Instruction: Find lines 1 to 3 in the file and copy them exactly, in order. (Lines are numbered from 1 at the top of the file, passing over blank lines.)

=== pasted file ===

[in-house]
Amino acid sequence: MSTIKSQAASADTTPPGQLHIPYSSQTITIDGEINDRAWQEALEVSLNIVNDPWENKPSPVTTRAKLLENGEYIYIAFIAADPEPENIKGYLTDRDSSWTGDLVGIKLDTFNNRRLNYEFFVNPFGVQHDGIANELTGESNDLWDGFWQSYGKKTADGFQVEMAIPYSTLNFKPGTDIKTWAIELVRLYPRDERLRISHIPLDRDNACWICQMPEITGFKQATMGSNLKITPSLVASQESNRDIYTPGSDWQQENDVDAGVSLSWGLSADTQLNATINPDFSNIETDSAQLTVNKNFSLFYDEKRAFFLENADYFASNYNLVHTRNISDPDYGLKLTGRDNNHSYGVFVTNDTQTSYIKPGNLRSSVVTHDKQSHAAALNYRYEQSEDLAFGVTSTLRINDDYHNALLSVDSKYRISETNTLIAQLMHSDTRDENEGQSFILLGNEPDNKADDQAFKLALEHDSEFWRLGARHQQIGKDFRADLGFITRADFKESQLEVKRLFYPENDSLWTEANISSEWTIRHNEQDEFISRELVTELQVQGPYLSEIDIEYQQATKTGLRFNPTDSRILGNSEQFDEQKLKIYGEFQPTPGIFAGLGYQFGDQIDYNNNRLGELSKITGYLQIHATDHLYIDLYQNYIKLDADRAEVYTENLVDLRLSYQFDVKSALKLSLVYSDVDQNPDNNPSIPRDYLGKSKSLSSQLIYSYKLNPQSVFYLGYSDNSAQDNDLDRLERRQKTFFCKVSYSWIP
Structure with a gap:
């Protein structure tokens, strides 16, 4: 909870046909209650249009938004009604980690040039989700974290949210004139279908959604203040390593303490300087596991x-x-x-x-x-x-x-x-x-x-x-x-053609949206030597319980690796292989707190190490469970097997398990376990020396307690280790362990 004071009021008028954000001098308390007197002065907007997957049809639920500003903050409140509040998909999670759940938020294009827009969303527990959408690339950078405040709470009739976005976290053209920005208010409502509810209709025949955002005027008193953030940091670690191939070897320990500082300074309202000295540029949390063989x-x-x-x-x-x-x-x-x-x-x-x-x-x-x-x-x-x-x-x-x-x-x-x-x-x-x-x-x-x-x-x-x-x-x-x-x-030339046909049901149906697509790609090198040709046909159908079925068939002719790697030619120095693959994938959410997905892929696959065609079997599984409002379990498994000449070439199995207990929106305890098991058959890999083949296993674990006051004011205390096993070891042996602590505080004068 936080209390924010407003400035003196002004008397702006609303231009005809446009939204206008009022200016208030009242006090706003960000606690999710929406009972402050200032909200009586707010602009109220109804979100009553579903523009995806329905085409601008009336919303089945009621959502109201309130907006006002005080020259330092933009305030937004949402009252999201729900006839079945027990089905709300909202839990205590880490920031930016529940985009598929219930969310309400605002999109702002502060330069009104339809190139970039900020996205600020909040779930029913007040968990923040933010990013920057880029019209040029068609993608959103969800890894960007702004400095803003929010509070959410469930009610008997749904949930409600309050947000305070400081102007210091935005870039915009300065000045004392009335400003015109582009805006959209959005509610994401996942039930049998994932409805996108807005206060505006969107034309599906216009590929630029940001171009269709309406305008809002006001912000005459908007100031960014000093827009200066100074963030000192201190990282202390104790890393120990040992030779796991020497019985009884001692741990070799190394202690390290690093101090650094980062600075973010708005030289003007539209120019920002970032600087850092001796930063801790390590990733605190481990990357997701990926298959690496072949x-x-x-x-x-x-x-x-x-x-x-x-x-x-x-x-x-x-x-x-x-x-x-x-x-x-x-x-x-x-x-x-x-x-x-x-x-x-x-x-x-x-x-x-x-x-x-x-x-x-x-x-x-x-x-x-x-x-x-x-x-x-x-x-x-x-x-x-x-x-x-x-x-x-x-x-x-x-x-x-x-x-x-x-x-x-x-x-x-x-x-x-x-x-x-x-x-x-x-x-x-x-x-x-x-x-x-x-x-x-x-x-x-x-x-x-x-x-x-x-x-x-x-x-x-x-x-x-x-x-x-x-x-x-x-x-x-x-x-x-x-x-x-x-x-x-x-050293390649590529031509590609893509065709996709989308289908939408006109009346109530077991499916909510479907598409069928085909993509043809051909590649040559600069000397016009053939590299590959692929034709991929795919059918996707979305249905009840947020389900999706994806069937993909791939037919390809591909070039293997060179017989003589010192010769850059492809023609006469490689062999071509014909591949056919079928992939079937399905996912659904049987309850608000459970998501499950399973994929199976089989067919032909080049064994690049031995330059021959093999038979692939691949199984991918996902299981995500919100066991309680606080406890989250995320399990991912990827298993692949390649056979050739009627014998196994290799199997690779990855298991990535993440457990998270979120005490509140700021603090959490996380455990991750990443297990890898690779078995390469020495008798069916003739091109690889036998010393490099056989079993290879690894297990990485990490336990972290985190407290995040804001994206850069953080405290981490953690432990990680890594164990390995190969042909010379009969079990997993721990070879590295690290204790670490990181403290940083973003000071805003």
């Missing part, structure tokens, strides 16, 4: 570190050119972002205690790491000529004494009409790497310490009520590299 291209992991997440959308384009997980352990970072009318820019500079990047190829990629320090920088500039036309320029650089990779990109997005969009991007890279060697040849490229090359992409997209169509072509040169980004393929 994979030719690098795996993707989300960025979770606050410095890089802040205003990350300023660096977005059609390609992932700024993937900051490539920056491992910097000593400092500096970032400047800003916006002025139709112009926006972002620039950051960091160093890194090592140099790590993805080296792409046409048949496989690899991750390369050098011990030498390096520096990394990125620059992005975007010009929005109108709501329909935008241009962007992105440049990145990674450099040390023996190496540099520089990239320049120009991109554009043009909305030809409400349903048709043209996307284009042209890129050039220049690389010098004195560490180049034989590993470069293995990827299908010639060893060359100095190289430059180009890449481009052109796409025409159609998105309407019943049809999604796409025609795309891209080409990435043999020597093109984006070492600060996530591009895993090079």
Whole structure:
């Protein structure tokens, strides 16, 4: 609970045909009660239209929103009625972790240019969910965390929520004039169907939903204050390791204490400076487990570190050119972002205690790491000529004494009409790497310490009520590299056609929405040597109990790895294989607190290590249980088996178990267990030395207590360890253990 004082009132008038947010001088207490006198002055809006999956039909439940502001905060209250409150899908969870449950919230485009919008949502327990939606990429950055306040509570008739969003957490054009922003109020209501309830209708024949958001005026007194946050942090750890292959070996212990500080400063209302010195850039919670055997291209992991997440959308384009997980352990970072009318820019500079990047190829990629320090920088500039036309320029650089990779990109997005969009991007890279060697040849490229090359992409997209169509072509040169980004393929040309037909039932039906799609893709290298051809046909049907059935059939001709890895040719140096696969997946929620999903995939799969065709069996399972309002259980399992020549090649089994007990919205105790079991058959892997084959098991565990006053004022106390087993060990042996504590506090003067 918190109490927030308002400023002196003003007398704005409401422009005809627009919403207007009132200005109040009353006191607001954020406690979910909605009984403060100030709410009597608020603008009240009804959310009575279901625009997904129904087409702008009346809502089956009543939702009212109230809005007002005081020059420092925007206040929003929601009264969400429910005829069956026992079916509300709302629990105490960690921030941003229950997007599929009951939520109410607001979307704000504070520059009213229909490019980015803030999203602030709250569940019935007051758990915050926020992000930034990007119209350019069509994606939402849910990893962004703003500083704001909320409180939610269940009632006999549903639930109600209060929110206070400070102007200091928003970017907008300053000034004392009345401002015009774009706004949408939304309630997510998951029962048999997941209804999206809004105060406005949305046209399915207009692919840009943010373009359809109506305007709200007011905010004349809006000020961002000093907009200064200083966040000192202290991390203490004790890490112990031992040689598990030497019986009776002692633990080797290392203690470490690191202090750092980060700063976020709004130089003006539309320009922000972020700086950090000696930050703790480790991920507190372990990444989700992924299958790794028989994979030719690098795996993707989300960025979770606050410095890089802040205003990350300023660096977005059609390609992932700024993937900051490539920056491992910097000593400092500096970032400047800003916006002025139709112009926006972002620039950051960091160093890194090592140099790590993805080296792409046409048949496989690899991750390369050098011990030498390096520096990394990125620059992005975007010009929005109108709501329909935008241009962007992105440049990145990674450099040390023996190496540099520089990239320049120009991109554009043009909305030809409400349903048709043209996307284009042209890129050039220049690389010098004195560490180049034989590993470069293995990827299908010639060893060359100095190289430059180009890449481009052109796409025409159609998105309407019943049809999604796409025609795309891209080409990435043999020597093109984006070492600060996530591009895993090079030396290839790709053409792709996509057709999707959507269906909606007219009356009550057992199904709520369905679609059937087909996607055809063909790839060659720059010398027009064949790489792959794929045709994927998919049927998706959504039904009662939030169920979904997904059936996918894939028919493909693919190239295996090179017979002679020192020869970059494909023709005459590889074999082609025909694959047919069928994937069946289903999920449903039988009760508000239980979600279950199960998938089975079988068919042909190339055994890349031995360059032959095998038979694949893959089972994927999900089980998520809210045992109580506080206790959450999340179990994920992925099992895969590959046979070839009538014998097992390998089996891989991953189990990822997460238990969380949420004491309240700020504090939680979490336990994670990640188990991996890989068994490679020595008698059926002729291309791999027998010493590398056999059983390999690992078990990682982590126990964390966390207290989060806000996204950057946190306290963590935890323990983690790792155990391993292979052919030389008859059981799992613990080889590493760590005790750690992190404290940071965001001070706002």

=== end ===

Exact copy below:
[in-house]
Amino acid sequence: MSTIKSQAASADTTPPGQLHIPYSSQTITIDGEINDRAWQEALEVSLNIVNDPWENKPSPVTTRAKLLENGEYIYIAFIAADPEPENIKGYLTDRDSSWTGDLVGIKLDTFNNRRLNYEFFVNPFGVQHDGIANELTGESNDLWDGFWQSYGKKTADGFQVEMAIPYSTLNFKPGTDIKTWAIELVRLYPRDERLRISHIPLDRDNACWICQMPEITGFKQATMGSNLKITPSLVASQESNRDIYTPGSDWQQENDVDAGVSLSWGLSADTQLNATINPDFSNIETDSAQLTVNKNFSLFYDEKRAFFLENADYFASNYNLVHTRNISDPDYGLKLTGRDNNHSYGVFVTNDTQTSYIKPGNLRSSVVTHDKQSHAAALNYRYEQSEDLAFGVTSTLRINDDYHNALLSVDSKYRISETNTLIAQLMHSDTRDENEGQSFILLGNEPDNKADDQAFKLALEHDSEFWRLGARHQQIGKDFRADLGFITRADFKESQLEVKRLFYPENDSLWTEANISSEWTIRHNEQDEFISRELVTELQVQGPYLSEIDIEYQQATKTGLRFNPTDSRILGNSEQFDEQKLKIYGEFQPTPGIFAGLGYQFGDQIDYNNNRLGELSKITGYLQIHATDHLYIDLYQNYIKLDADRAEVYTENLVDLRLSYQFDVKSALKLSLVYSDVDQNPDNNPSIPRDYLGKSKSLSSQLIYSYKLNPQSVFYLGYSDNSAQDNDLDRLERRQKTFFCKVSYSWIP
Structure with a gap: